Paul McAvinney | The Future of the Human/Computer Interface

The inventor of optical touch screen technology peers into the future and provides a glimpse of the next generation of human/computer interface. Paul McAvinney saw up close much of the development of technology that we live with today. He was a pioneer in multi-touch screen technology, something we all take for granted as we use our smart devices.

Clearly, Paul not only is a technical wizard, but also has a very creative side — even inventing a musical instrument called the video harp. He introduces us to exoskeletons, but cautions us that useful information resides in humans, not in computers.

About Paul

Paul began working with computers in the late ’60s. He became a systems programmer in 1971, a data-communications system designer and consultant to Fortune-100 companies in the mid 70’s, and a computer hardware designer and inventor in the late 70’s. In the early 80’s he was a co-founder of the computer music laboratory in the computer science department at Carnegie Mellon University in Pittsburgh.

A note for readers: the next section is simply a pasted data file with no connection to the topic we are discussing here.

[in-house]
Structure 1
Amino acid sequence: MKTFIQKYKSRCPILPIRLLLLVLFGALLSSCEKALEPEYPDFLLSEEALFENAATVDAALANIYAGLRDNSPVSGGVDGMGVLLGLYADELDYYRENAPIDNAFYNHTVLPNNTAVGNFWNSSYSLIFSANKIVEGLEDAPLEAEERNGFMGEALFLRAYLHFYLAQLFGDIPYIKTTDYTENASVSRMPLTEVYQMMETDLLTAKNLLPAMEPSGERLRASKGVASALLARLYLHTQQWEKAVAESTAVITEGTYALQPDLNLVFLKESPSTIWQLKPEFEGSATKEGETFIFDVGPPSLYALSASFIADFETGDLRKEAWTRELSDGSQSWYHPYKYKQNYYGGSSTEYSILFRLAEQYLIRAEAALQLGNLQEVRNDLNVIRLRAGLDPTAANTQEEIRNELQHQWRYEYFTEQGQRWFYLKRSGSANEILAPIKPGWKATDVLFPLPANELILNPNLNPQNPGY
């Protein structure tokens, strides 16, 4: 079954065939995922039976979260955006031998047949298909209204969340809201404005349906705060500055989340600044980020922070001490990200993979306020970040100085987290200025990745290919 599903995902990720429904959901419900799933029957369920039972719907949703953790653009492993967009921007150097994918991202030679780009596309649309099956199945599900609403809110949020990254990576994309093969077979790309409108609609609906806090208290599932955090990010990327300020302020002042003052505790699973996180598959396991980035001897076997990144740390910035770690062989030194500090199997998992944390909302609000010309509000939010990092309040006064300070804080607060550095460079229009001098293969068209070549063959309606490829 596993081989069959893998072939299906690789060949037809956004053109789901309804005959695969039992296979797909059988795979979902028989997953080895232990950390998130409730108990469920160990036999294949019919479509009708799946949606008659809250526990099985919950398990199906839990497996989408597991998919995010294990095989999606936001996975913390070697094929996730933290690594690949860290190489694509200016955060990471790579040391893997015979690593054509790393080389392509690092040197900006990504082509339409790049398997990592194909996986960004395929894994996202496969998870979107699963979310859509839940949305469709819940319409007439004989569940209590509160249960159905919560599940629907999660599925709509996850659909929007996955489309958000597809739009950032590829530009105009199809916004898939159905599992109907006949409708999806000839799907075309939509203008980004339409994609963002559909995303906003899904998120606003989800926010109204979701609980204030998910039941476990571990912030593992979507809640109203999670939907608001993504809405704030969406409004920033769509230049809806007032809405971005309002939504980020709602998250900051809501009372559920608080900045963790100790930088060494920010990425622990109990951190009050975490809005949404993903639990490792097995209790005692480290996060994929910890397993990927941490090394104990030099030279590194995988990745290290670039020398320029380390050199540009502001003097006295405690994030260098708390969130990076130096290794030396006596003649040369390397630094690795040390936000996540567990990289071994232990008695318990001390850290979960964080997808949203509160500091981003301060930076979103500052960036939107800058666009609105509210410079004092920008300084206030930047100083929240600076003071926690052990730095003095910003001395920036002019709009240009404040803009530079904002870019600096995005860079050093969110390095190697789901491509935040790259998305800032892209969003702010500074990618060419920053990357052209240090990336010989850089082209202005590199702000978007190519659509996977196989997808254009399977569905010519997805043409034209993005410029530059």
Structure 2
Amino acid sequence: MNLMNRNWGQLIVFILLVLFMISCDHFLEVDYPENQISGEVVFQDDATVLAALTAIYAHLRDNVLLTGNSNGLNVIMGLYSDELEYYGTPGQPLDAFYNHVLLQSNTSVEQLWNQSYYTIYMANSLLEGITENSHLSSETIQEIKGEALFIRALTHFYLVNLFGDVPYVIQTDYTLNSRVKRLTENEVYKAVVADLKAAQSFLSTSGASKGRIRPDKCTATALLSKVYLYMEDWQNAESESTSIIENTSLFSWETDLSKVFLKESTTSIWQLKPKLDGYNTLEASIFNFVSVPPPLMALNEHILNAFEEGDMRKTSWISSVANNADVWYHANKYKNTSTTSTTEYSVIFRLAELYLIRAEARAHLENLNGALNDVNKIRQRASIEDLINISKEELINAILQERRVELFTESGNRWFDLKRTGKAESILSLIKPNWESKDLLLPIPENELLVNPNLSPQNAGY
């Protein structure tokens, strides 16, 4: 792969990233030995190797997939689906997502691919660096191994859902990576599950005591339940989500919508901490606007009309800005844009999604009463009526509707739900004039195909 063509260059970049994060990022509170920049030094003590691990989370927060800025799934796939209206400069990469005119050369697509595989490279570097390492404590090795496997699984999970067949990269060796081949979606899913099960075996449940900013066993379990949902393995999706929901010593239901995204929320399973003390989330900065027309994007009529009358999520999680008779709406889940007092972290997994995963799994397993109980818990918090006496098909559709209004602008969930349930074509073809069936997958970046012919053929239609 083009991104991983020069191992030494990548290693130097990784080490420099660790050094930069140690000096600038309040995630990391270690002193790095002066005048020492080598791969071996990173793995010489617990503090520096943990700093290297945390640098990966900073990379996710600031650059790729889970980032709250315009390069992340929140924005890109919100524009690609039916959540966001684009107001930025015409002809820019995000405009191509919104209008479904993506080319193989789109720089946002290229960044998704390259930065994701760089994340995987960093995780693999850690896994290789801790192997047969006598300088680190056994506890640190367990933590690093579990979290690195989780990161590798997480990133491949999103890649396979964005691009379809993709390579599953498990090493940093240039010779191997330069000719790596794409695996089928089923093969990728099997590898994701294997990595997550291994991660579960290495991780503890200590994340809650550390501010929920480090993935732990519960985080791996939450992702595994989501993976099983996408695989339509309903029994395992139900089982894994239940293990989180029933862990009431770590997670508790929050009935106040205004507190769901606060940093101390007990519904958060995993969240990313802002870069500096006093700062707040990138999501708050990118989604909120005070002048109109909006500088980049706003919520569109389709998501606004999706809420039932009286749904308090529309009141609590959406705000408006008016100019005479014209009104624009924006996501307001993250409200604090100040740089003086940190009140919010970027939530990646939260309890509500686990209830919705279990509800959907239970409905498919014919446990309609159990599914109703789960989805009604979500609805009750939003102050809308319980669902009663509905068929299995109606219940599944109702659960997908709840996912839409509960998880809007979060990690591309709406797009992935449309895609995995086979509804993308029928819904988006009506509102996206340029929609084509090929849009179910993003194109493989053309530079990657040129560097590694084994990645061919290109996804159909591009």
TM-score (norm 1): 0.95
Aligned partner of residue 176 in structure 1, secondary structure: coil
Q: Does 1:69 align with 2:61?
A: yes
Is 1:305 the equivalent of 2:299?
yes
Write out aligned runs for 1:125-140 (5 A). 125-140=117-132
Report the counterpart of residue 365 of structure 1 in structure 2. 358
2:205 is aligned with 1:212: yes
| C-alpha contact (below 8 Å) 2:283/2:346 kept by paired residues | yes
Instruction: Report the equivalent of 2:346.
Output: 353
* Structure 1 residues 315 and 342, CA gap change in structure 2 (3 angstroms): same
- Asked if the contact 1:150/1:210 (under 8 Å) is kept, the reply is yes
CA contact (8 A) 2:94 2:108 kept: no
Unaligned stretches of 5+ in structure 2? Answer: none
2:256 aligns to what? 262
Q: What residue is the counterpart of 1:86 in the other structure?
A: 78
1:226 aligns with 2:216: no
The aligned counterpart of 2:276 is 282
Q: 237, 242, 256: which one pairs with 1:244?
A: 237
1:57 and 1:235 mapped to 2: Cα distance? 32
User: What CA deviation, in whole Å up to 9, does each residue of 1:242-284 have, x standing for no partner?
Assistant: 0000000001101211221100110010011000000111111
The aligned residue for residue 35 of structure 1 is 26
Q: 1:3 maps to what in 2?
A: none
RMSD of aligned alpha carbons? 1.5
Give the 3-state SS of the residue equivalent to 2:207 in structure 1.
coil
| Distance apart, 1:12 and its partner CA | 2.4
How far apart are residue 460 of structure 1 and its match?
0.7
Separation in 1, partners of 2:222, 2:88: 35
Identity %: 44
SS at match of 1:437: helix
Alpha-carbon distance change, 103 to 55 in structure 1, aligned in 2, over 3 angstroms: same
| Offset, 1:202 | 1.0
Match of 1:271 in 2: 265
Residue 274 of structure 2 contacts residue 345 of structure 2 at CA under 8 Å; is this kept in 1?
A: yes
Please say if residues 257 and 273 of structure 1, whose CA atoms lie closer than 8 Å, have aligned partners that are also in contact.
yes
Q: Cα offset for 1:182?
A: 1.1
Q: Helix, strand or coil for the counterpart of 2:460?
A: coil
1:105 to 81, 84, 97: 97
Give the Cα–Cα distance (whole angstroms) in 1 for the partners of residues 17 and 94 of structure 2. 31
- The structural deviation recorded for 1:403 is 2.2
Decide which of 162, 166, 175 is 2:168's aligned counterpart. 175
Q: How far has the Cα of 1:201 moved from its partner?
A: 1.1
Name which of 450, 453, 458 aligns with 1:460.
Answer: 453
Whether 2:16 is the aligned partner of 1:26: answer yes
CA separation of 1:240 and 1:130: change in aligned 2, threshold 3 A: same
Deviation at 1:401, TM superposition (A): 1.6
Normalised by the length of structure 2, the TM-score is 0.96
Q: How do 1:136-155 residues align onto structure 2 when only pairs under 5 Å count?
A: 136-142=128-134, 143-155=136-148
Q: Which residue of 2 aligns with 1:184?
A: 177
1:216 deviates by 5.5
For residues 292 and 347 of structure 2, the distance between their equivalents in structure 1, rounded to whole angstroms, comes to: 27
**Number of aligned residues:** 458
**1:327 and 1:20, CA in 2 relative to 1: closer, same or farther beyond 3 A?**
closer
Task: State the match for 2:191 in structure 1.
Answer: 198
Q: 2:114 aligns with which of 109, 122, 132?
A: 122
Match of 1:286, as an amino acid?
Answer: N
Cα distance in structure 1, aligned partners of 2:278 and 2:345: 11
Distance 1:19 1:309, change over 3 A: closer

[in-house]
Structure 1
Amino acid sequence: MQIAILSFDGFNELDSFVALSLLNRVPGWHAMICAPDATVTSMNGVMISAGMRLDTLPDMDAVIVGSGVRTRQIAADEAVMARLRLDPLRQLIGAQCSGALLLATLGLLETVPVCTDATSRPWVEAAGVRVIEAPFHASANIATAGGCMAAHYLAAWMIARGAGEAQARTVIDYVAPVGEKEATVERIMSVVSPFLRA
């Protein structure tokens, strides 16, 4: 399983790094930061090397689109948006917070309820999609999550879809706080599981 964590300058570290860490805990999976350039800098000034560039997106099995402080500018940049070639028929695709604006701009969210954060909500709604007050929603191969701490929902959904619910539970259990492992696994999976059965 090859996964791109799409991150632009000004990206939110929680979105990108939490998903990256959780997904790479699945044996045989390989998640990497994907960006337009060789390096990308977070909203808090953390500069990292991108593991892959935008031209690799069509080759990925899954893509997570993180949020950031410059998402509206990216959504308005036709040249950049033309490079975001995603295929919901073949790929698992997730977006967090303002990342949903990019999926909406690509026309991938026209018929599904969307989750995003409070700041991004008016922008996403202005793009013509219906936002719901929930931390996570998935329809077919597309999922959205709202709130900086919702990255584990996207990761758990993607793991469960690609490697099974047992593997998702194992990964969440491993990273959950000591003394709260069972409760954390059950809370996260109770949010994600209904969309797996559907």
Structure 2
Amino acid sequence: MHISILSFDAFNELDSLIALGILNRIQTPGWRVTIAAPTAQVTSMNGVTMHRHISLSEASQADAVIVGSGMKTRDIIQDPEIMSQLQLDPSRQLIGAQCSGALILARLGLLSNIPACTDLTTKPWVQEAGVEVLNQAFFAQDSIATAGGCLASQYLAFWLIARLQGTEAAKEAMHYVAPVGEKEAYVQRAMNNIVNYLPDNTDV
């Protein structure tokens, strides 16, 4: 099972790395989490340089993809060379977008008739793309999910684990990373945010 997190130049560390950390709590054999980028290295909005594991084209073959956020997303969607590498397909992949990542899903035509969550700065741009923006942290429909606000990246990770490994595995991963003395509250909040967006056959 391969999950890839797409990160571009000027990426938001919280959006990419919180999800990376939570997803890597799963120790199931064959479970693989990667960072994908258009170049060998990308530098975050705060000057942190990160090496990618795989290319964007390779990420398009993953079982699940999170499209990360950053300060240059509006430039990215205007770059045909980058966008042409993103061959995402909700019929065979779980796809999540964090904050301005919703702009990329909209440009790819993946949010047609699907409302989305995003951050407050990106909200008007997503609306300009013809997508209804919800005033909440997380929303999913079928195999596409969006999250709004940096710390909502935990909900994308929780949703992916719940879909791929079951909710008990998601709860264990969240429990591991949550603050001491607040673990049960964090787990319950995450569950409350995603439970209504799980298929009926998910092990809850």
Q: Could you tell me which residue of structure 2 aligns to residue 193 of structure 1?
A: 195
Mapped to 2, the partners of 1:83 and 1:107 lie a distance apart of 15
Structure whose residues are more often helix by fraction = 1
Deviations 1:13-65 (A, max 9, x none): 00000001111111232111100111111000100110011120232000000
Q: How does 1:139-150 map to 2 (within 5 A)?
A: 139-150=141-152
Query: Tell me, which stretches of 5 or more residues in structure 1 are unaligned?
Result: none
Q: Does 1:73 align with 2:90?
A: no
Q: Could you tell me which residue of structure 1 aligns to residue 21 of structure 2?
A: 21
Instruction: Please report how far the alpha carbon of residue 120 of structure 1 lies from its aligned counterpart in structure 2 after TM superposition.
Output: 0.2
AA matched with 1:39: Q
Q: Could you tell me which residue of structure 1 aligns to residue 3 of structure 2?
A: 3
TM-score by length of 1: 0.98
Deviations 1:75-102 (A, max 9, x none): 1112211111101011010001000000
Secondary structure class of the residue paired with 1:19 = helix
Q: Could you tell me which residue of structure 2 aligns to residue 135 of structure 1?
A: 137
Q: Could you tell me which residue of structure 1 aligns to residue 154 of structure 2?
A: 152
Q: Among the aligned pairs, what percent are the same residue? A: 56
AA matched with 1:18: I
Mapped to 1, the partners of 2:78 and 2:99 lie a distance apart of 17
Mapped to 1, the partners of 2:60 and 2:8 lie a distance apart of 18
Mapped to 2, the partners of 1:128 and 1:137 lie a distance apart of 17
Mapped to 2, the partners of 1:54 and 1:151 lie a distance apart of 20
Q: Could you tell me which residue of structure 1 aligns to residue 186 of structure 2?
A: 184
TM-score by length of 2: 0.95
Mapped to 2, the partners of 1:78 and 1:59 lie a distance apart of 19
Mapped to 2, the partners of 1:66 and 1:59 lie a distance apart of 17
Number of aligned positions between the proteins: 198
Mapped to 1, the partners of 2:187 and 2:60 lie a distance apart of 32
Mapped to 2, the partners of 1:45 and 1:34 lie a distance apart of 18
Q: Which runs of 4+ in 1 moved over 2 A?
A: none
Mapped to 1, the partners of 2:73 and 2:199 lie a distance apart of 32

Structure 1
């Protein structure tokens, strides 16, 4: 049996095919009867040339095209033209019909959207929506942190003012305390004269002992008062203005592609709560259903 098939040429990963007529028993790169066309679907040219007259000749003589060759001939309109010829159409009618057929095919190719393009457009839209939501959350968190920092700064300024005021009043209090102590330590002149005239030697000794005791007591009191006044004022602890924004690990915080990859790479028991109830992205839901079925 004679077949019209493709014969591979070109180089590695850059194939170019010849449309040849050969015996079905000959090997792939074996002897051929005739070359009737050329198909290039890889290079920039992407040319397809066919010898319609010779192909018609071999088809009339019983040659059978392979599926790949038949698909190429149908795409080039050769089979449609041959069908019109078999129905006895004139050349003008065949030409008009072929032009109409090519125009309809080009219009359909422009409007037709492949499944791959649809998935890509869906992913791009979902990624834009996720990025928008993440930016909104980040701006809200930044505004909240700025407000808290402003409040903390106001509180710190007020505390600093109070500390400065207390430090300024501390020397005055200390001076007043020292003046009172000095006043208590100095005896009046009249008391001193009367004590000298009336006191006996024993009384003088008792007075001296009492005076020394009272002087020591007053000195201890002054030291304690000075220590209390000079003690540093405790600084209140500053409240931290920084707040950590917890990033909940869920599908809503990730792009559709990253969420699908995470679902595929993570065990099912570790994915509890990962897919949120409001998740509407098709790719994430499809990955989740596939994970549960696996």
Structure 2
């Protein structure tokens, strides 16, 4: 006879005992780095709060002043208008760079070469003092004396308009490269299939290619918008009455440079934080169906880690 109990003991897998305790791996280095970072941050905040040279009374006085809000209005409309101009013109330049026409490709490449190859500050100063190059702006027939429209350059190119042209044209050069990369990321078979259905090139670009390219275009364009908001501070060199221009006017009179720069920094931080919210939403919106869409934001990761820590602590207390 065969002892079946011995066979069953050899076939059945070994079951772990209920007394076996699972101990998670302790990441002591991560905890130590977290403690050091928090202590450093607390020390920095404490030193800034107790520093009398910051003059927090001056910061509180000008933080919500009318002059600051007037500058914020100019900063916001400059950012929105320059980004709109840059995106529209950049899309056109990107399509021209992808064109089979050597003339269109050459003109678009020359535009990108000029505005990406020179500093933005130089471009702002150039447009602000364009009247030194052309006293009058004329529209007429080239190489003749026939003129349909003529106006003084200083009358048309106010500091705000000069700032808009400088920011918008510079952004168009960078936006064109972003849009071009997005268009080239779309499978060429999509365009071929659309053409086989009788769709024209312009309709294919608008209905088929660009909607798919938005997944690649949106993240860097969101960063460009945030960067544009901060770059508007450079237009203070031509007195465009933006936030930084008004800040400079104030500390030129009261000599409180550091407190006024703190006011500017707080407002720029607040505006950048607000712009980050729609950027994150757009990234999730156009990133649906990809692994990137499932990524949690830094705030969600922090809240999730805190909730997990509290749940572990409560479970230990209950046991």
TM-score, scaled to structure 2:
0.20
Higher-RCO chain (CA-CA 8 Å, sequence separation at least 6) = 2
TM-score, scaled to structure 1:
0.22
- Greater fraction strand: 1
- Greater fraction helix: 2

In the early ’80s, he invented the first optically-scanned multitouch sensor (the Sensor Frame) and the first optically-scanned musical instrument (the VideoHarp). Recently he has served as an expert witness in the patent wars between Apple and the Android smartphone manufacturers. He only has two patents, but they are pretty good ones. He often speaks of himself in the third person in order to promote the impression that you are reading an objective account of his accomplishments.